News: Company also opens eight IoT Client Experience Centres worldwide.
The Internet of Things continues to gain momentum, with the technology today being given a boost in Munich, Germany, with IBM opening its Watson IoT global headquarters.
Germany’s thirst for the IoT and Industry 4.0 – the nation’s industrial version of IoT – were behind IBM’s decision to install the Watson IoT headquarters in Munich.
The offices have been opened to extend the power of cognitive computing to the billions of connected devices, sensors and systems that comprise the IoT.
The company is also launching an ecosystem of partners and a series of offerings through the IBM Watson IoT Cloud.
Munich will also host the company’s first first European Watson innovation centre.
The campus environment will bring together 1000 IBM developers, consultants, researchers and designers to drive deeper engagement with clients and partners. It will also serve as an innovation lab for data scientists, engineers and programmers building a new connected solutions at the intersection of cognitive computing and the IoT.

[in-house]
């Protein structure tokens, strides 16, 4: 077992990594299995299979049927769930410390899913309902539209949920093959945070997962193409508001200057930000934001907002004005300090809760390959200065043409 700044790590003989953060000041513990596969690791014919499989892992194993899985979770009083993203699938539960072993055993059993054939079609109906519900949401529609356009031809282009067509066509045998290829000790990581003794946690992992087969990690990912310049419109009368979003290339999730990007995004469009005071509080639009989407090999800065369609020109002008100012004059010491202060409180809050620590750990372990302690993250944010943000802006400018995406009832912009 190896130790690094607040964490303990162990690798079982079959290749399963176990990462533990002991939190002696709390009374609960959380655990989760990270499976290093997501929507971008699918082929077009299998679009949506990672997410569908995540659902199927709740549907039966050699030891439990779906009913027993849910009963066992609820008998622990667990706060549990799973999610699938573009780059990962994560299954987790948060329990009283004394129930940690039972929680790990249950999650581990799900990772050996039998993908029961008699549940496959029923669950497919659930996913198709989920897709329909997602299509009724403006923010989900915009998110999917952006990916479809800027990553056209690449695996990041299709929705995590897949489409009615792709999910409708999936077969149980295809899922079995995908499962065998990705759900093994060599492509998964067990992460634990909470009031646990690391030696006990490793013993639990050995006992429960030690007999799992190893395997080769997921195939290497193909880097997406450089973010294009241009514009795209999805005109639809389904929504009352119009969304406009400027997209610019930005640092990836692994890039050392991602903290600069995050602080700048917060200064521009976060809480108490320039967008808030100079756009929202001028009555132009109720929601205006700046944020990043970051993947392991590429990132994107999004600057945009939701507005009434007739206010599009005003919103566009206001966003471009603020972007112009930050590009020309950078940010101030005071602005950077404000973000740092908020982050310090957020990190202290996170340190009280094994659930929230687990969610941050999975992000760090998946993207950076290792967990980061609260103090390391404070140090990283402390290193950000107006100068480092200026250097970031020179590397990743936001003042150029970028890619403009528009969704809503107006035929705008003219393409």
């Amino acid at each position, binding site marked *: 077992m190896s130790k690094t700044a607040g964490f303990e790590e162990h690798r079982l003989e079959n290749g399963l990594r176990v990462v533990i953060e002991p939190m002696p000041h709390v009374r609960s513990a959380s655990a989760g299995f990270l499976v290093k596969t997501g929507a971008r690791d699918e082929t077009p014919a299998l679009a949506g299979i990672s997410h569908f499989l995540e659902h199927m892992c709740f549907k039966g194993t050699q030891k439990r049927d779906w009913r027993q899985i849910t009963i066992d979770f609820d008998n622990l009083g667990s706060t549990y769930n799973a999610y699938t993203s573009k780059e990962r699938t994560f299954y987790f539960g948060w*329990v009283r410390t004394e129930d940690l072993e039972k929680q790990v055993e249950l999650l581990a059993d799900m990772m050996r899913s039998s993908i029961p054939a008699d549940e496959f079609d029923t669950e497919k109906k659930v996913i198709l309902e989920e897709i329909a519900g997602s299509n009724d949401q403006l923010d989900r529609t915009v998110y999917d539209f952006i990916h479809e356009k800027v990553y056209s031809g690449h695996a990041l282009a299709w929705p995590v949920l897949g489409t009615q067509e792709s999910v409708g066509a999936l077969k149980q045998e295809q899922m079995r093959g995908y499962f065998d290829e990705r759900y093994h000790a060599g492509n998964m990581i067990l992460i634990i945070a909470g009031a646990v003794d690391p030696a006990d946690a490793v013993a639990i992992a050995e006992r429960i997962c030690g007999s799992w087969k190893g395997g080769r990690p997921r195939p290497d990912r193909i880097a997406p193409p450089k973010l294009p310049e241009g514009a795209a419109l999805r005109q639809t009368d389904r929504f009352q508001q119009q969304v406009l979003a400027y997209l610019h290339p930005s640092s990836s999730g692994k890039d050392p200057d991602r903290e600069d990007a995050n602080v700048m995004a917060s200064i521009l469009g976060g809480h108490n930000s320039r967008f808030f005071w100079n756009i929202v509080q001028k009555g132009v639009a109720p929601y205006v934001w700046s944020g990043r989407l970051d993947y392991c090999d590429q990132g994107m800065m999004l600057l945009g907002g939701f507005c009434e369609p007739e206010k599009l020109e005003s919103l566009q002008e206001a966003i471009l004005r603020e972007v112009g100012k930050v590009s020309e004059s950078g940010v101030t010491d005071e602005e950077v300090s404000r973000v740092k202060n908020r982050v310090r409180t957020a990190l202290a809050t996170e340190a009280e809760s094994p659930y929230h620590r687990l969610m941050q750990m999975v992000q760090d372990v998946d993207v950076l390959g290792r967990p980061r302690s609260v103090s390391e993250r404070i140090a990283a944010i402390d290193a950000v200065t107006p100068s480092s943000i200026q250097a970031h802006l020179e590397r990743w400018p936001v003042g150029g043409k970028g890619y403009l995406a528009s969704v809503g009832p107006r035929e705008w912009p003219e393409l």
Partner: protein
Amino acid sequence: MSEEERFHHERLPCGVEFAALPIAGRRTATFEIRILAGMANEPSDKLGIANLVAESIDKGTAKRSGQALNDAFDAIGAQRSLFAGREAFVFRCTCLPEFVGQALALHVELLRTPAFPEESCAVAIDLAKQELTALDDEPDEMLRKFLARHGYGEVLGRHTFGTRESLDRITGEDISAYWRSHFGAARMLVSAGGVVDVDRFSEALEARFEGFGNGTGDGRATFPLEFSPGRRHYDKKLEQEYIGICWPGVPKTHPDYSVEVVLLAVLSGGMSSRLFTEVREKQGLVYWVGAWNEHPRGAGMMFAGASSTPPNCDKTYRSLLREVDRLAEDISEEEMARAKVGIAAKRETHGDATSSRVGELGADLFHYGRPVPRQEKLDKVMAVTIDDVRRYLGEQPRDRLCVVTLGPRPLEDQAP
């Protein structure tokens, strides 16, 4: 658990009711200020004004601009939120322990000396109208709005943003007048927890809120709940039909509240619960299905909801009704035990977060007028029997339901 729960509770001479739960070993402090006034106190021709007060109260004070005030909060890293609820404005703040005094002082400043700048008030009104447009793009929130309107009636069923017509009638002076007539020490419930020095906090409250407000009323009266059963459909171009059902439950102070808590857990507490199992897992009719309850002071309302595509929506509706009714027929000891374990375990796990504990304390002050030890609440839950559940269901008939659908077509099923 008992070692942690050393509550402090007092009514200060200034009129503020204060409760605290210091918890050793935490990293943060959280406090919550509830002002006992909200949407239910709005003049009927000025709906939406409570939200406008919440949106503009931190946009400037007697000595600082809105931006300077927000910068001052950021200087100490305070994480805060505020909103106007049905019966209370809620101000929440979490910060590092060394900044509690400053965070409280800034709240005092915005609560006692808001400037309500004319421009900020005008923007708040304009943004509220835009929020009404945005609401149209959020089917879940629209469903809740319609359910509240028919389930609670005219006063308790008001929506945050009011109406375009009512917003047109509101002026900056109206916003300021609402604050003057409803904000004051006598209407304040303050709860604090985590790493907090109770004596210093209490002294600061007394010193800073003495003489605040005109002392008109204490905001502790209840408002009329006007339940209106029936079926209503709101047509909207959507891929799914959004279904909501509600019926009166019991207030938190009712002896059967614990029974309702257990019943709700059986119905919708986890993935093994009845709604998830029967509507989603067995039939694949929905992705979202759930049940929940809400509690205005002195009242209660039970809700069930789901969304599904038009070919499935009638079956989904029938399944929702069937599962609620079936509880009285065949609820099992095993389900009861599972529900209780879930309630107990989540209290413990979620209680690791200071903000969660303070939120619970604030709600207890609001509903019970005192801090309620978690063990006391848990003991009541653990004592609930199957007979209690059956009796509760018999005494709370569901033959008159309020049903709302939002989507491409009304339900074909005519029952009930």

IBM also will deliver Watson APIs and services on the Watson IoT Cloud Platform to accelerate the development of cognitive IoT solutions and services. It said this will help clients and partners make sense of the growing volume and variety of data in a physical world that is rapidly becoming digitised.
The company has also opened eight Watson IoT Client Experience Centres across Asia, Europe and the Americas. Locations include Beijing, China; Boeblingen, Germany; Sao Paulo, Brazil; Seoul, Korea; Tokyo, Japan; and Massachusetts, North Carolina, and Texas in United States.
These centres provide clients and partners access to technology, tools and talent needed to develop and create new products and services using cognitive intelligence delivered through the Watson IoT Cloud Platform.
Harriet Green, GM Watson IoT and Education, said: "Watson opens the door for enterprises, governments and individuals to finally harness this real-time data, compare it with historical data sets and deep reservoirs of accumulated knowledge, and then find unexpected correlations that generate new insights to benefit business and society alike."